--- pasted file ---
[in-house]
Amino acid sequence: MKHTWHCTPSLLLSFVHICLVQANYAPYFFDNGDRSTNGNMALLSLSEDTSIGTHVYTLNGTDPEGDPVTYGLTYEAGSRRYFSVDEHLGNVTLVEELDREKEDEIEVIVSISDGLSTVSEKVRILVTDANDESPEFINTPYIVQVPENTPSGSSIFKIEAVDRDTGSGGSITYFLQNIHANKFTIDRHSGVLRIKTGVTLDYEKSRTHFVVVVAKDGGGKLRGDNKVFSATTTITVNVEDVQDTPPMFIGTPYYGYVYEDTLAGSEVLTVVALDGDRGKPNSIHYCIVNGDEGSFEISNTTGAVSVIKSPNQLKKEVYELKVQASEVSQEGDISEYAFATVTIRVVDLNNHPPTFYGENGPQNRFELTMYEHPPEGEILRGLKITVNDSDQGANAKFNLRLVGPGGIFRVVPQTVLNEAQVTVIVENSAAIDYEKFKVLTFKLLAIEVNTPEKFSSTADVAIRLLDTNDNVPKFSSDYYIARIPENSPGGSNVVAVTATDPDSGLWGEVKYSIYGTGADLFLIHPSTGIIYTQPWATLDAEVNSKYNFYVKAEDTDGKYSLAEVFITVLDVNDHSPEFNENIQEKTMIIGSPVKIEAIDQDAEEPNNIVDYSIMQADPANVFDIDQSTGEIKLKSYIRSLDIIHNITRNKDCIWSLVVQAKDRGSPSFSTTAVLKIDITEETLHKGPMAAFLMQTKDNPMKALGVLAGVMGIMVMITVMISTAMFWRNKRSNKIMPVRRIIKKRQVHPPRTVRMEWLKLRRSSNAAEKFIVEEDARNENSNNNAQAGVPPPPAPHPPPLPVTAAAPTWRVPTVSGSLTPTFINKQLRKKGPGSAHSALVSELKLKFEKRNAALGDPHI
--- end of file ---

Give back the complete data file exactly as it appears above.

[in-house]
Amino acid sequence: MKHTWHCTPSLLLSFVHICLVQANYAPYFFDNGDRSTNGNMALLSLSEDTSIGTHVYTLNGTDPEGDPVTYGLTYEAGSRRYFSVDEHLGNVTLVEELDREKEDEIEVIVSISDGLSTVSEKVRILVTDANDESPEFINTPYIVQVPENTPSGSSIFKIEAVDRDTGSGGSITYFLQNIHANKFTIDRHSGVLRIKTGVTLDYEKSRTHFVVVVAKDGGGKLRGDNKVFSATTTITVNVEDVQDTPPMFIGTPYYGYVYEDTLAGSEVLTVVALDGDRGKPNSIHYCIVNGDEGSFEISNTTGAVSVIKSPNQLKKEVYELKVQASEVSQEGDISEYAFATVTIRVVDLNNHPPTFYGENGPQNRFELTMYEHPPEGEILRGLKITVNDSDQGANAKFNLRLVGPGGIFRVVPQTVLNEAQVTVIVENSAAIDYEKFKVLTFKLLAIEVNTPEKFSSTADVAIRLLDTNDNVPKFSSDYYIARIPENSPGGSNVVAVTATDPDSGLWGEVKYSIYGTGADLFLIHPSTGIIYTQPWATLDAEVNSKYNFYVKAEDTDGKYSLAEVFITVLDVNDHSPEFNENIQEKTMIIGSPVKIEAIDQDAEEPNNIVDYSIMQADPANVFDIDQSTGEIKLKSYIRSLDIIHNITRNKDCIWSLVVQAKDRGSPSFSTTAVLKIDITEETLHKGPMAAFLMQTKDNPMKALGVLAGVMGIMVMITVMISTAMFWRNKRSNKIMPVRRIIKKRQVHPPRTVRMEWLKLRRSSNAAEKFIVEEDARNENSNNNAQAGVPPPPAPHPPPLPVTAAAPTWRVPTVSGSLTPTFINKQLRKKGPGSAHSALVSELKLKFEKRNAALGDPHI